DOWNTOWN – At the start of the month when the end of slavery was enforced in the United States, Mayor Tishaura Jones reminded a crowd at the Old Courthouse that the fight for freedom must go on from generation to generation.
“We must recognize and thank those before us who continued to fight in spite of the blatant oppression, and laid the foundation for our liberation, because this is our heritage. Nobody can take that from us,” Jones said at a kickoff event for an upcoming celebration, called the ART 2063 Juneteenth Caribbean Heritage Walkathon: A Long Journey to Equal Citizenship.
Jones was one of several speakers who stressed the importance of the upcoming June 19 holiday, called Juneteenth.
On June 19, 1865, federal troops came to Galveston, Texas, to control the state and make sure slaves in the state were freed under the terms of the Emancipation Proclamation. President Abraham Lincoln had signed the proclamation on Jan. 1, 1893, but not all the states and territories had actually ended the practice of slavery then.
That happened in Texas when U.S. Gen. Gordon Granger read General Orders No. 3: “The people of Texas are informed that, in accordance with a proclamation from the Executive of the United States, all slaves are free.”
Jones is the Honorary Chair of the walkathon, sponsored by Africans Rising Together 2063. The organization describes itself as “a non-profit organization with a mission to educate people of African descent concerning the true historical significance about our experience, culture, and contributions to the world.”
The mayor presented a proclamation to the organization commemorating its Juneteenth walkathon on June 19.
“Just yesterday,” Jones said in prepared remarks, “we recognized the 100-year anniversary of the Tulsa Massacre, in which the rise of black wealth and prosperity in the Greenwood District was perceived as a threat and wiped from the face of their city.”
“The people in power at the time had many excuses for why they leveled more than 30 city blocks, but we all know that it was our success, our wealth, our freedom that was a threat to the status quo that dictated your success solely by the color of your skin,” Jones said. “Yet in spite of blatant oppression, our ancestors continued to fight.”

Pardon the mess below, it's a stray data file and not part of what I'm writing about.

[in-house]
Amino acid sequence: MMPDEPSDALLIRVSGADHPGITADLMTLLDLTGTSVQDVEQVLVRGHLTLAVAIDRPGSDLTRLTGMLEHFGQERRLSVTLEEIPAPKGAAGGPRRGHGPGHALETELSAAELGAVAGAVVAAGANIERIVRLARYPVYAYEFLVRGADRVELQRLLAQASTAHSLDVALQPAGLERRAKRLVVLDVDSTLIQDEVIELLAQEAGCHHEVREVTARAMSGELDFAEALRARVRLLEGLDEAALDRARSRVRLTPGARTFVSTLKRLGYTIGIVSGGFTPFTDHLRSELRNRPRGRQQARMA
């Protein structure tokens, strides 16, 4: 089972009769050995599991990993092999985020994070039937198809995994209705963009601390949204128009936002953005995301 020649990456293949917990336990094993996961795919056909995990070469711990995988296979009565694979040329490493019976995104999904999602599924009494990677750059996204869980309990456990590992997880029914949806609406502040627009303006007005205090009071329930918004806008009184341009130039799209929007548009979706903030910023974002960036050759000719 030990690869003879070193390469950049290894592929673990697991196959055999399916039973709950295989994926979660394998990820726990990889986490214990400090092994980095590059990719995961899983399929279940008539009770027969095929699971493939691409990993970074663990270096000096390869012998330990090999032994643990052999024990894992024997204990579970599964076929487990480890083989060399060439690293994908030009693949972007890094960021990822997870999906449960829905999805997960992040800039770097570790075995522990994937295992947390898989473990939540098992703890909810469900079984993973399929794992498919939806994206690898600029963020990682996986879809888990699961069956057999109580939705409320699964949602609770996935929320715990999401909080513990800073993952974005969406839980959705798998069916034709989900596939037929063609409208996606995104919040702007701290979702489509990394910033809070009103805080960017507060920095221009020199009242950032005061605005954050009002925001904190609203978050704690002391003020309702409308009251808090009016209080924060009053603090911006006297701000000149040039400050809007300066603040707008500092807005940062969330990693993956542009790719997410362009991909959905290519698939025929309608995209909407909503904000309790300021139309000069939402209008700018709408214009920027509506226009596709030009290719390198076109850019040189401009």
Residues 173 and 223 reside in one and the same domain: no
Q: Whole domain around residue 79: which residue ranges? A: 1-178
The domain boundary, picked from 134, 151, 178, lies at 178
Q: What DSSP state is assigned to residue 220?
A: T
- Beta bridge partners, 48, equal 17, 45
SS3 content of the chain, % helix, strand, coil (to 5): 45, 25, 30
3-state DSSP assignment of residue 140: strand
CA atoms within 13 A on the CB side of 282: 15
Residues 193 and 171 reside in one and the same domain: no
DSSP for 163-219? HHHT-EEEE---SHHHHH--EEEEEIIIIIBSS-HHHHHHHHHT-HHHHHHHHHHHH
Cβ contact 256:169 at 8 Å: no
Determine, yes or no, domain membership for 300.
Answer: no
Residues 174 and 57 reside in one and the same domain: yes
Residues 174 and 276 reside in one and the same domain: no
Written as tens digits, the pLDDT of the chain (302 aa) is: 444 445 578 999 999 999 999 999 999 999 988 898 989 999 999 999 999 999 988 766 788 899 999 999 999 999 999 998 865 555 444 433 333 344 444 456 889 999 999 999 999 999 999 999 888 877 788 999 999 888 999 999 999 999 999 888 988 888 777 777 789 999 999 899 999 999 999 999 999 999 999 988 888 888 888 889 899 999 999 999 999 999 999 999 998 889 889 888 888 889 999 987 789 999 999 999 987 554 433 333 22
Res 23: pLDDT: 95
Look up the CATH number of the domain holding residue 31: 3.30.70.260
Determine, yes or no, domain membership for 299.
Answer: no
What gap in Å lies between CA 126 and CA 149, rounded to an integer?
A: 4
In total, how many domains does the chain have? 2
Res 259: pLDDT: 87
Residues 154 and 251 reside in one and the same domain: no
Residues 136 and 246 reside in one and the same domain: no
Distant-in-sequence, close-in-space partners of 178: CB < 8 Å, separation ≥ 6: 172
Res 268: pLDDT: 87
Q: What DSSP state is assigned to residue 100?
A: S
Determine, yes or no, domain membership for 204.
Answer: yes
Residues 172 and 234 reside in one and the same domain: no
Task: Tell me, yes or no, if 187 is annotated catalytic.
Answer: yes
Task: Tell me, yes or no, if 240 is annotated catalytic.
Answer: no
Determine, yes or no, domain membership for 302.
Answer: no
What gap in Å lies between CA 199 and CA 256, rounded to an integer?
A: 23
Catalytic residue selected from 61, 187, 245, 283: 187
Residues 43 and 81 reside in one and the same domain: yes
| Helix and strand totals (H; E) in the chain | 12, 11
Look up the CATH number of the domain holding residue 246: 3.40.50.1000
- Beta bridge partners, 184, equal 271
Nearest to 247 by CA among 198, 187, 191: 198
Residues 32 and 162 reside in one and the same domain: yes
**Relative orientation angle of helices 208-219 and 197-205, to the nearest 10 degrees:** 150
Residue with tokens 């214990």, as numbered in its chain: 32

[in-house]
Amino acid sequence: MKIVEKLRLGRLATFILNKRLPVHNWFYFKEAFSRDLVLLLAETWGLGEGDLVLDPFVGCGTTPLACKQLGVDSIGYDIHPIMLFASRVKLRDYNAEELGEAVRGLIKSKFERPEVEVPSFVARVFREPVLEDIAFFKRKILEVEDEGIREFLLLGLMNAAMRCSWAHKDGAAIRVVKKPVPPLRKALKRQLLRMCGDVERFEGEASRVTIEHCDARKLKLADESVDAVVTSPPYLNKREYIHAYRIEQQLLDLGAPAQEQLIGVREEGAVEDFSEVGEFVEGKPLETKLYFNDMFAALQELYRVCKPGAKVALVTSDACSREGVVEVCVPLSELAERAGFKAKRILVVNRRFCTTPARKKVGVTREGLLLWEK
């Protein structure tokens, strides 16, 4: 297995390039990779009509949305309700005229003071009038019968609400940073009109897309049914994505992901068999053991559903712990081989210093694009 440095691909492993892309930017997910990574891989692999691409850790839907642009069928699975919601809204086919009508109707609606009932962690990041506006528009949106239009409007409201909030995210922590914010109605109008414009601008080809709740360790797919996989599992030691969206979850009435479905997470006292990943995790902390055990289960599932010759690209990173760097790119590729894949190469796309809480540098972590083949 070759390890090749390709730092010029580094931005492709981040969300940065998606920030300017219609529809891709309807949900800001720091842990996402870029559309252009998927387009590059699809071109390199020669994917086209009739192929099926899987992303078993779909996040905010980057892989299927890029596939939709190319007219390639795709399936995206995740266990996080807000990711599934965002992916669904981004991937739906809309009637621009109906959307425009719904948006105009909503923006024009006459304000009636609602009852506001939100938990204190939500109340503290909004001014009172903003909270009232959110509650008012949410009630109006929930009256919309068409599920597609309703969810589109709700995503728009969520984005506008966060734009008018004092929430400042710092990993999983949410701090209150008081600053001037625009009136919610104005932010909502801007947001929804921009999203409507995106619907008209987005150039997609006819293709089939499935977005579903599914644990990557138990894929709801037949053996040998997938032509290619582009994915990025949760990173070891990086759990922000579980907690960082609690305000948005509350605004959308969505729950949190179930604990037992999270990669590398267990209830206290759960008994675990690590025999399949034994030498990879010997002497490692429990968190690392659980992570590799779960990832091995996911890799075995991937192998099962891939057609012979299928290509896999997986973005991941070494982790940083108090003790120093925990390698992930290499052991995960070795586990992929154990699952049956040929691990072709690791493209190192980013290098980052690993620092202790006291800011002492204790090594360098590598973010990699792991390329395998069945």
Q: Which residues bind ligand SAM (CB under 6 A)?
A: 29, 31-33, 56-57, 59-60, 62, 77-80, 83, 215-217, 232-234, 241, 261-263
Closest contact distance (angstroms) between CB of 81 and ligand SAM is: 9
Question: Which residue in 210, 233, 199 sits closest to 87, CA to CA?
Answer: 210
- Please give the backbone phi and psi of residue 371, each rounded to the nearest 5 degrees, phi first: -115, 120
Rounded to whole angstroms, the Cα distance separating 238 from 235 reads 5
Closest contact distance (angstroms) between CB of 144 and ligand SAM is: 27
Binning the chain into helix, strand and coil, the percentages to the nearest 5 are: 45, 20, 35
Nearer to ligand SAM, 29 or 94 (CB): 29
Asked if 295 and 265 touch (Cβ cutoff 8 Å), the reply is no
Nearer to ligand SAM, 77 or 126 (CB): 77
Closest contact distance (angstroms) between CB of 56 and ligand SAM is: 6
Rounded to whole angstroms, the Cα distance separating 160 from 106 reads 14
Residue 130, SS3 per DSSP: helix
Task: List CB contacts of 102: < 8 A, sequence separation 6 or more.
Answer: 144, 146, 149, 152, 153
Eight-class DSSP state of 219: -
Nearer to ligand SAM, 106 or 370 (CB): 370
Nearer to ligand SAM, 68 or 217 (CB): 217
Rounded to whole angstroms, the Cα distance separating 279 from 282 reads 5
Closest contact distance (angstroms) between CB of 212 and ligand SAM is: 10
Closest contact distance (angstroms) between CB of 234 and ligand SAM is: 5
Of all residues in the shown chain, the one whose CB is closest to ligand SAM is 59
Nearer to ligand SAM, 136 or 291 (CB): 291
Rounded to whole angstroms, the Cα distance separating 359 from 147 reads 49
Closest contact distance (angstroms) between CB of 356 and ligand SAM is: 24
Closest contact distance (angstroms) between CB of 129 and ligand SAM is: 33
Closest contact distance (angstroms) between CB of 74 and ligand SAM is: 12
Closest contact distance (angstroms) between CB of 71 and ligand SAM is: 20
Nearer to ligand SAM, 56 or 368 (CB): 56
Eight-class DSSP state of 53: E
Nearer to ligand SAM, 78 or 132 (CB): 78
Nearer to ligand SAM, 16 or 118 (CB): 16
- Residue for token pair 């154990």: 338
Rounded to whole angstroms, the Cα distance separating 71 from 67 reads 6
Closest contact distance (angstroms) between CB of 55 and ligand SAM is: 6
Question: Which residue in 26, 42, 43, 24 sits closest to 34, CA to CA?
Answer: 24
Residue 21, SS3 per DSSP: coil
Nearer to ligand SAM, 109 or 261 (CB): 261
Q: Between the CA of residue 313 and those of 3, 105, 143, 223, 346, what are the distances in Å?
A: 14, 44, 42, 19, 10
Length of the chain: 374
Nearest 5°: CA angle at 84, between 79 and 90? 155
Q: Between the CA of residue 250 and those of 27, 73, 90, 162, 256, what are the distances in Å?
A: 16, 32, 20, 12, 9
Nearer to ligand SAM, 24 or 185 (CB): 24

The mayor said that special days such as Juneteenth were times to continue fighting for justice by preserving history through the generations.
“We must recognize and thank those before us who continued to fight in spite of the blatant oppression, and laid the foundation for our liberation, because this is our heritage. Nobody can take that from us,” Jones said. “Saturday, June 19, is another historic day – we will be celebrating Juneteenth, a national holiday celebrating our ancestors’ emancipation from slavery.”
Joan Williams, outreach coordinator and field liaison for the 11th U.S. House of Representatives District in Ohio, echoed Jones’ message in a talk during the same program.
“When I think of Juneteenth, I think of freedom, independence and equality,” Williams said. “Juneteenth is a day to reflect on our nation’s history. It’s a day to celebrate Black lives.
“It’s a day to acknowledge, to remember, to learn and to take decisive action against the daily indignities and atrocities inherent to realizing equality, citizenship, true freedom in the United States.
Williams noted that she is a first-generation American and that her parents immigrated here from the Caribbean. Speaking about a theme of the day, Williams said that famous Blacks who came from the Caribbean included the actor Sidney Poitier, activist Malcolm X, Gen. Colin Powell and the calypso singer, activist and civil rights activist Harry Belafonte.
The walkathon will be at various times June 19 on the Forest Park Cricket Field, 5595 Grand Drive.in Forest Park. For details and to register, go to https://www.eventbrite.com/e/art-2063-first-annual-juneteenth-caribbean-heritage-walkathon-tickets-155557066373.
“Our goal is to help raise funds for ART 2063 activities that will educate, inspire and bring together African Americans, Africans in the diaspora, and Africans on the continent, to repair breaches, heal wounds, and reunite those of African descent,” an information box on the website says.